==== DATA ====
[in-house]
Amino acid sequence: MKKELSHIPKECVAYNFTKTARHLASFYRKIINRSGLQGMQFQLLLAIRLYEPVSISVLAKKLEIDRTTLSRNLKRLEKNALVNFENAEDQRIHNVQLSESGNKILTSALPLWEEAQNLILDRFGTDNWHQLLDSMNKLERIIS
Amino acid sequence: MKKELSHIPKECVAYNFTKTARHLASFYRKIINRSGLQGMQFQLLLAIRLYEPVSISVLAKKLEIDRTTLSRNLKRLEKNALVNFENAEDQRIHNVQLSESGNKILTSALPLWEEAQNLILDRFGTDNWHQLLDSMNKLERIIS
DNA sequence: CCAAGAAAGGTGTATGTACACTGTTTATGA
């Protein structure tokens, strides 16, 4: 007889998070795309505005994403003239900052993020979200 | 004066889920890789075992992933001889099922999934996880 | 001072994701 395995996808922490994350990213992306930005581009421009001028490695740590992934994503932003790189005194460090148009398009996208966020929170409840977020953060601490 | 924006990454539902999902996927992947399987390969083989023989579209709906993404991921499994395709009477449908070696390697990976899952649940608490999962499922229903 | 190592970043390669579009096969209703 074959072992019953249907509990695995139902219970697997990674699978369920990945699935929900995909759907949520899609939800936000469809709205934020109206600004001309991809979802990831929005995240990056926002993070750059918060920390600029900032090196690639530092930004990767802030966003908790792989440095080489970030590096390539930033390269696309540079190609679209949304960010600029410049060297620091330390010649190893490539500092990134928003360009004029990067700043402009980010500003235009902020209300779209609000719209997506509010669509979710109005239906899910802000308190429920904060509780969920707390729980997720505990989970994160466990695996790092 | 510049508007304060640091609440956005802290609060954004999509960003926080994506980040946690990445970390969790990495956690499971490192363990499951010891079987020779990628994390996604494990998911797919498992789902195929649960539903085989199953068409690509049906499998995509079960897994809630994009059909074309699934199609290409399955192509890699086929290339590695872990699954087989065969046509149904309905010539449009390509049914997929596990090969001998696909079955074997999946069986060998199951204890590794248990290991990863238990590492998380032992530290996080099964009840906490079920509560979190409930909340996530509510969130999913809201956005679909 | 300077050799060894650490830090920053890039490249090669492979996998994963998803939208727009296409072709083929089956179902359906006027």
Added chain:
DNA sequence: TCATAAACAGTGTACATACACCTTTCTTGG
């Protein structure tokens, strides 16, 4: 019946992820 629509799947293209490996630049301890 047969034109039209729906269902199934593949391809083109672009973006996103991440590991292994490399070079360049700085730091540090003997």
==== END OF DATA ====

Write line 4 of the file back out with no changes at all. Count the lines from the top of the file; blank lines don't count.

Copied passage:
DNA sequence: CCAAGAAAGGTGTATGTACACTGTTTATGA